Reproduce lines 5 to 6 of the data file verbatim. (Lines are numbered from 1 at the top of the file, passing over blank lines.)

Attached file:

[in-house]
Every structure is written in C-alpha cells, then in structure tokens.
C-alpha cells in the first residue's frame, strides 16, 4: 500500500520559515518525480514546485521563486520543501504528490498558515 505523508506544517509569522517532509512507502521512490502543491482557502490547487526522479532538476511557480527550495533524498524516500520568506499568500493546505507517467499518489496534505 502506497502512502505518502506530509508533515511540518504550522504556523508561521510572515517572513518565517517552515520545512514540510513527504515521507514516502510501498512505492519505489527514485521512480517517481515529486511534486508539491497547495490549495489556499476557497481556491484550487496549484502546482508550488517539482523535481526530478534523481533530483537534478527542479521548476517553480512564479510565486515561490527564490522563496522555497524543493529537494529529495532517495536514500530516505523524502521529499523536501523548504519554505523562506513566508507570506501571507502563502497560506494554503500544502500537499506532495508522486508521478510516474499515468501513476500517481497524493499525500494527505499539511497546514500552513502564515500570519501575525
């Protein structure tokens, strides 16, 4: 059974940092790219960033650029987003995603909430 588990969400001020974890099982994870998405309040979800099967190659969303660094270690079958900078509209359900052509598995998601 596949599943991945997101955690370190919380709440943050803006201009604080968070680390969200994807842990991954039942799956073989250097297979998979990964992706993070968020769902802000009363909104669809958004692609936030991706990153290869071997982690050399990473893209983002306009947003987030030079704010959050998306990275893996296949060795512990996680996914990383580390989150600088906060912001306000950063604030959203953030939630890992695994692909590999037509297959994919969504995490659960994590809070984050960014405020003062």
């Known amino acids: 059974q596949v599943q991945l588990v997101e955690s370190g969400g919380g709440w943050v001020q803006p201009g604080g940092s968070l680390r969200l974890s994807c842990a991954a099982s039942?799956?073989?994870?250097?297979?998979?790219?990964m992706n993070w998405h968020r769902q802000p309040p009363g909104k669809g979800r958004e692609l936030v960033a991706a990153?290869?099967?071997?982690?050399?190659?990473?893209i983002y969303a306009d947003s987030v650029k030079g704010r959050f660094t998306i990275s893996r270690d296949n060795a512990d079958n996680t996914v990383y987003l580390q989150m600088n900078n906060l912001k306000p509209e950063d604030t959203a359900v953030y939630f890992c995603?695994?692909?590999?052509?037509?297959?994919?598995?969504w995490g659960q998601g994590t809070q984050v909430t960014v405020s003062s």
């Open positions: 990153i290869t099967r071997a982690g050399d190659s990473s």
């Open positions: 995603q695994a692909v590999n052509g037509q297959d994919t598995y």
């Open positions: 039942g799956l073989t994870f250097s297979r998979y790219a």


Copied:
């Known amino acids: 059974q596949v599943q991945l588990v997101e955690s370190g969400g919380g709440w943050v001020q803006p201009g604080g940092s968070l680390r969200l974890s994807c842990a991954a099982s039942?799956?073989?994870?250097?297979?998979?790219?990964m992706n993070w998405h968020r769902q802000p309040p009363g909104k669809g979800r958004e692609l936030v960033a991706a990153?290869?099967?071997?982690?050399?190659?990473?893209i983002y969303a306009d947003s987030v650029k030079g704010r959050f660094t998306i990275s893996r270690d296949n060795a512990d079958n996680t996914v990383y987003l580390q989150m600088n900078n906060l912001k306000p509209e950063d604030t959203a359900v953030y939630f890992c995603?695994?692909?590999?052509?037509?297959?994919?598995?969504w995490g659960q998601g994590t809070q984050v909430t960014v405020s003062s």
């Open positions: 990153i290869t099967r071997a982690g050399d190659s990473s």